Cinema Review – The Punk Singer

In 2005, after a successful career as the front woman for Bikini Kill and Le Tigre, Kathleen Hanna retired from performing. Sini Anderson’s documentary takes a look back over the activist, musician and cultural icon’s life, while answering the question, where did she disappear to?

Kathleen Hanna has had a wide and varied career, staring as a spoken word artist in Oregon, before quickly forming the band Bikini Kill and loudly – and fearlessly – singing feminist songs. Sini Anderson’s film takes us right back to those early days and, with the help of archive footage and interviews with writers, actors and singers, weaves the story of an outspoken woman who fought for political awareness and free artistic expression.

Having toured with Bikini Kill for several years – and formed lasting friendships and relationships along the way – the band went their separate ways. Hanna recorded a solo album, Julie Ruin, before joining up with Johanna Fateman to form Le Tigre and explore more electronic style of music. Suddenly, Hanna disappeared from public life in 2005.

The Punk Singer is a nostalgic look back at the music of the early 1990s, and examines the impact that a band, which never truly rose to fame, had on the culture of the time. Hanna comes across as an incredibly angry and passionate woman in the archive footage, but in interviews, she speaks frankly about her career, life and the relationships she formed.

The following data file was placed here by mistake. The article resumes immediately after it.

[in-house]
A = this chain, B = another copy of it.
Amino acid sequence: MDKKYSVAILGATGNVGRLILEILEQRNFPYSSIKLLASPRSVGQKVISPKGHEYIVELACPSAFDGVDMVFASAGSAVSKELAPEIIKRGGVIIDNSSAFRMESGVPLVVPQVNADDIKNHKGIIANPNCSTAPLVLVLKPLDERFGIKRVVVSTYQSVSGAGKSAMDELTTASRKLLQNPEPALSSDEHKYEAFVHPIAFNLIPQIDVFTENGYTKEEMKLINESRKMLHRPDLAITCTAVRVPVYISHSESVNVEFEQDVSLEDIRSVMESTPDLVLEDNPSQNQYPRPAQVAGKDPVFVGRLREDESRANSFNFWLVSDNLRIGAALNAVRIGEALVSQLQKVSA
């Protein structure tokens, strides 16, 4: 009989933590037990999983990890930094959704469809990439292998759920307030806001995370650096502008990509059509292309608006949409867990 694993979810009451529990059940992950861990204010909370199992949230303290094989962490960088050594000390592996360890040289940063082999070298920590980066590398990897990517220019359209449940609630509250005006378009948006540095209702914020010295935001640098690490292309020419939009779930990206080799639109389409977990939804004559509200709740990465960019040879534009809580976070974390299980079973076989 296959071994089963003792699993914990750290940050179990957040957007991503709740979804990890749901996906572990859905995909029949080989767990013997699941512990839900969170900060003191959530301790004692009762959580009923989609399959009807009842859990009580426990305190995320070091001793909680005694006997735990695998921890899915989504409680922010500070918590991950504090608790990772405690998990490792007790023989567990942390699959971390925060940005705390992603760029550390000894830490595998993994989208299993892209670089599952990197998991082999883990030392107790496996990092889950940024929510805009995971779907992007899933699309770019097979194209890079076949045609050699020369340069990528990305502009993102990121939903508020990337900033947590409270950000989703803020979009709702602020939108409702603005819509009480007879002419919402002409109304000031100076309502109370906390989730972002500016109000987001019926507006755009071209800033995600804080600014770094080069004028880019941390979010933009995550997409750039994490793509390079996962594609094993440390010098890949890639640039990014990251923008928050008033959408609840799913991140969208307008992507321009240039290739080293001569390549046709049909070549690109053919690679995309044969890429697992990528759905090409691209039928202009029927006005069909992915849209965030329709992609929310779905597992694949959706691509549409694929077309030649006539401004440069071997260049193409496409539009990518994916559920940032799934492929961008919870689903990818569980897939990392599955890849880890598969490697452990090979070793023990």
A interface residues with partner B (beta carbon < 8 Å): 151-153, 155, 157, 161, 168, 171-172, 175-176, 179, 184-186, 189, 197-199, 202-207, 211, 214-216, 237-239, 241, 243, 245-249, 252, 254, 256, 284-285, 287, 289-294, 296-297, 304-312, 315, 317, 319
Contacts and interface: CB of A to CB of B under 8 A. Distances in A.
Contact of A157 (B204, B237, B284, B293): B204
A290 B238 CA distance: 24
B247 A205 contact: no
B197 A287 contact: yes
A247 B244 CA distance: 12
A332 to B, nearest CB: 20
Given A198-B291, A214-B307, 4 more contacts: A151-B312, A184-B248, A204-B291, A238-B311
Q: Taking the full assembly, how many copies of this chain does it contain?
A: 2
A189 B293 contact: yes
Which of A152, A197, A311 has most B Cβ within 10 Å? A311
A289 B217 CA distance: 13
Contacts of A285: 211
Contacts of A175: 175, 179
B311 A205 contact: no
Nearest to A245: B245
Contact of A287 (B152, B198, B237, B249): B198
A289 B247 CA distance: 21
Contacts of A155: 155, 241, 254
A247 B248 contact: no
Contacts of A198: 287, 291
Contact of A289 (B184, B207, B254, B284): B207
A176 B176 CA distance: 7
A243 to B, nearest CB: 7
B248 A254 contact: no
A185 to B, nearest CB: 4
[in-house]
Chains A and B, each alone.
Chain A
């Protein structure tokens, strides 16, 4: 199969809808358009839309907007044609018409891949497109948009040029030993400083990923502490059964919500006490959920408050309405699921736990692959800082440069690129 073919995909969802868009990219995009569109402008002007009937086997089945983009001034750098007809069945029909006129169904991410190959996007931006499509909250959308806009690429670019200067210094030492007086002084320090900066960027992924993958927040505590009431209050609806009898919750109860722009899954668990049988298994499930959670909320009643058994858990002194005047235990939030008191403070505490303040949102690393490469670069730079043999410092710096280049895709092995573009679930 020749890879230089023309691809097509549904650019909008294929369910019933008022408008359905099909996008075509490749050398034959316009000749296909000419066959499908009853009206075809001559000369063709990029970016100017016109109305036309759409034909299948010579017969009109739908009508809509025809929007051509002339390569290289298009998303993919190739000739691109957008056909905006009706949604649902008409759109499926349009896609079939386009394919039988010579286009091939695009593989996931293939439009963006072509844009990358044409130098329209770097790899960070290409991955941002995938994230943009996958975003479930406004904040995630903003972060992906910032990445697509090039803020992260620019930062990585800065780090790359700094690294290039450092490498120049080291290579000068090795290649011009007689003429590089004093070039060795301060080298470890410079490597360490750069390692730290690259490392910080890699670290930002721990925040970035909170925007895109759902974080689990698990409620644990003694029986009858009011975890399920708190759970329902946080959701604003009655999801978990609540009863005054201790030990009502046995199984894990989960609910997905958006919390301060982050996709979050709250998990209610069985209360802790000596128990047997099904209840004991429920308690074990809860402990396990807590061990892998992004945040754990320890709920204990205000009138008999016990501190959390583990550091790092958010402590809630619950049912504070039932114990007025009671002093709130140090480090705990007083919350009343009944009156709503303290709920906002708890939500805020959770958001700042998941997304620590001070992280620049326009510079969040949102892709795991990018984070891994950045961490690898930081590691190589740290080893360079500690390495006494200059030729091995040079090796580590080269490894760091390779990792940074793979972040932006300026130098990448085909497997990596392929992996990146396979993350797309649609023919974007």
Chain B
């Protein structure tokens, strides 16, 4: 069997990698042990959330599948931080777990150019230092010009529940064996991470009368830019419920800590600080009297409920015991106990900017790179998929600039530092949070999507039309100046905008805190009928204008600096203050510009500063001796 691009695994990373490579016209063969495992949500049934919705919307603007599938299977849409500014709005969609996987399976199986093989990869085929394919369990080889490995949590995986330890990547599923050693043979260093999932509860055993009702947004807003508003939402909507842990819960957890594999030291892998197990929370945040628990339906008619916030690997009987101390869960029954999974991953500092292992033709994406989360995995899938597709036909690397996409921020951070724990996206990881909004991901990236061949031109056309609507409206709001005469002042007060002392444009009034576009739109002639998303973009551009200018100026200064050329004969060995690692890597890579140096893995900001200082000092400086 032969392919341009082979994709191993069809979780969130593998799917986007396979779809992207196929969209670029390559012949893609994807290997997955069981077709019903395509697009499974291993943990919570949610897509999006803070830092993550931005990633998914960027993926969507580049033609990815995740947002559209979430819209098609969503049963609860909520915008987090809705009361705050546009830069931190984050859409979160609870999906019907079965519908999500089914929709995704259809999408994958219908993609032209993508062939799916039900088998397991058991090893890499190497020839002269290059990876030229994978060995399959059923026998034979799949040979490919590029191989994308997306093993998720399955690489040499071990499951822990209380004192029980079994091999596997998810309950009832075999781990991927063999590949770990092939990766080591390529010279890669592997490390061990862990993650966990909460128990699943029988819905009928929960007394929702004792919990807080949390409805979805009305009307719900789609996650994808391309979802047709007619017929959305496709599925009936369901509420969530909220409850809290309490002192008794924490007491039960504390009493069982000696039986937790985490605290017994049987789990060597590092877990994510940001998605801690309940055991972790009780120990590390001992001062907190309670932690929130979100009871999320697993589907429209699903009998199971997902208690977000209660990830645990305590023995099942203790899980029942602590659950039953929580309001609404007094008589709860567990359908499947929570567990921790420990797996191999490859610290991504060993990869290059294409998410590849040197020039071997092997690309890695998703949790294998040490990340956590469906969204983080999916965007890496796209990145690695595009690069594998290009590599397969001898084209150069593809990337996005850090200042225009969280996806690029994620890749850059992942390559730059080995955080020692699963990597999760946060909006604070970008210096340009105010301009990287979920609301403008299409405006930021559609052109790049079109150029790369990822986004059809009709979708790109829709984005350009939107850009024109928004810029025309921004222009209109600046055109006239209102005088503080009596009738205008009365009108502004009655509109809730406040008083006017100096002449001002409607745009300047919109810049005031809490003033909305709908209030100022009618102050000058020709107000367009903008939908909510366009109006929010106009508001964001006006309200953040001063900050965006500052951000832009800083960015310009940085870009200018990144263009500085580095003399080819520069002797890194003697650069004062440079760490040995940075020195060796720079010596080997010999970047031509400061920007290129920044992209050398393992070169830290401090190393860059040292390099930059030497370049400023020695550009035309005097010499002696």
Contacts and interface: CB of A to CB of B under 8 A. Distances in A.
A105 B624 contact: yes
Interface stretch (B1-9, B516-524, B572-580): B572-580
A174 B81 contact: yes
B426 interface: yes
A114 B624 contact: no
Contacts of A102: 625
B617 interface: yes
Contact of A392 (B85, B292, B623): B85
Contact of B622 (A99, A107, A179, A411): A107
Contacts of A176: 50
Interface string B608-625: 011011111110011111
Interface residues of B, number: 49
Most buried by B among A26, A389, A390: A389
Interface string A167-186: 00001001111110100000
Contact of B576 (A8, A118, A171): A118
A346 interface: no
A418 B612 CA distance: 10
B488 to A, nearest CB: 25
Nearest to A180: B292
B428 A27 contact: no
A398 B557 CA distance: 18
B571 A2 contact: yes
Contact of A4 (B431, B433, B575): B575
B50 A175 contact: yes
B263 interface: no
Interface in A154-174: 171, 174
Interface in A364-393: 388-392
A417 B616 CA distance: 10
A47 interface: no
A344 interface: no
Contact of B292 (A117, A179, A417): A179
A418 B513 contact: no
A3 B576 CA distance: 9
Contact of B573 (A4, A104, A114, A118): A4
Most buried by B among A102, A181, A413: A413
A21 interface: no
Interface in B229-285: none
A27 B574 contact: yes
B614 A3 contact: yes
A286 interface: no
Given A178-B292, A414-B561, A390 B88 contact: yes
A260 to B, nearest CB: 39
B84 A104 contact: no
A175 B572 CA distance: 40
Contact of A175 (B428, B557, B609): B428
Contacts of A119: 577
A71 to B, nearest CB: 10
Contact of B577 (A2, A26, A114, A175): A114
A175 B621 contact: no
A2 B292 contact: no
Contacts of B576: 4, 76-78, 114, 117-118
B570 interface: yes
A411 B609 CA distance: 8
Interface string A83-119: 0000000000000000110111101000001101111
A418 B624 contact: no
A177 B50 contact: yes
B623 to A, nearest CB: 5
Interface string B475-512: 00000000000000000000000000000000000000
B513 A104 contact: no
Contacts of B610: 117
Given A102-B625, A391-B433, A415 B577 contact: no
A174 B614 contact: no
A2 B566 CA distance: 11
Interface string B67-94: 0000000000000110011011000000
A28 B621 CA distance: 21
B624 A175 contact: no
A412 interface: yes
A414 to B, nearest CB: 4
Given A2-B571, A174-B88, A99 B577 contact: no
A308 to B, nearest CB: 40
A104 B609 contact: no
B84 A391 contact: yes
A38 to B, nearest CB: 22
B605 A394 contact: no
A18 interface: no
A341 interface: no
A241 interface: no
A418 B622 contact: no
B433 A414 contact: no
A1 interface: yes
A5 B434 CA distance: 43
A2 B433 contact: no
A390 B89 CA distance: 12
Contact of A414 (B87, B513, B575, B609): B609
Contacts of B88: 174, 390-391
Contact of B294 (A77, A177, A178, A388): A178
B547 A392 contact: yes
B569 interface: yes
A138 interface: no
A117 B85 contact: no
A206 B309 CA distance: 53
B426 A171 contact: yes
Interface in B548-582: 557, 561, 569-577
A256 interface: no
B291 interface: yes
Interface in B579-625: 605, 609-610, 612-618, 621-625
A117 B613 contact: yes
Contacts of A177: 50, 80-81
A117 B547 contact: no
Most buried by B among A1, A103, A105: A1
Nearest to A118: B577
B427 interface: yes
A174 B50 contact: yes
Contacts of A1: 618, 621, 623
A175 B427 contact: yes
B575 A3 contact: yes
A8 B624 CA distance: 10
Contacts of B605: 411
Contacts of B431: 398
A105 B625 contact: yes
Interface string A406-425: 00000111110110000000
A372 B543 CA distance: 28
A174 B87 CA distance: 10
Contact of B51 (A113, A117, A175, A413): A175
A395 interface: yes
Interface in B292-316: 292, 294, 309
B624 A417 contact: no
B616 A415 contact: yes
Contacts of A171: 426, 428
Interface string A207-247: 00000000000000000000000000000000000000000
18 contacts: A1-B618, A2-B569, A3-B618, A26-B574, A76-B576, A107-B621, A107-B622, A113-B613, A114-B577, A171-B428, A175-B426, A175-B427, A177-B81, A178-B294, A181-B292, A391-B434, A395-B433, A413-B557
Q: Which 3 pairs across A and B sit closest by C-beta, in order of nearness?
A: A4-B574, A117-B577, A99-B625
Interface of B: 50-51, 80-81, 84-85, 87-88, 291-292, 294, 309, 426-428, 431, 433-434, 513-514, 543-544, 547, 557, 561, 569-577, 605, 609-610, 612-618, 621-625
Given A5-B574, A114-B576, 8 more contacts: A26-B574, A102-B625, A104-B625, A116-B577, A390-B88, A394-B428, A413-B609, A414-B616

The film also reveals the personal struggles that Hanna went through, from being stricken with late stage Lyme Disease – which went undiagnosed for many years – to being physically attacked by Courtney Love, and wrongly quoted as saying her father sexually abused her. Through watching archive footage of Hanna’s performances, it becomes clear that she was hugely influenced by many women who went before her, and influences many who followed in her wake. Sadly, the film does not directly address this, giving the feeling that Hanna and her bandmates were operating in a creative vacuum. As well as this, the film does stray dangerously close to being a hagiography, but Hanna is so forthright, honest and obviously flawed, that the film is pulled back from the brink.

The Punk Singer is a fascinating, warts and all examination of a cultural icon. The film is filled with great interviews with people such as Carrie Brownstein, JD Samson and Hanna’s husband Adam Horovitz. What emerges is a portrait of a fearless woman who may or may not have been right in her methods, but certainly raised some important issues with her work. Happily, Hanna is making music again, and has newly formed a band called The Julie Ruin.

Rating: 4/5

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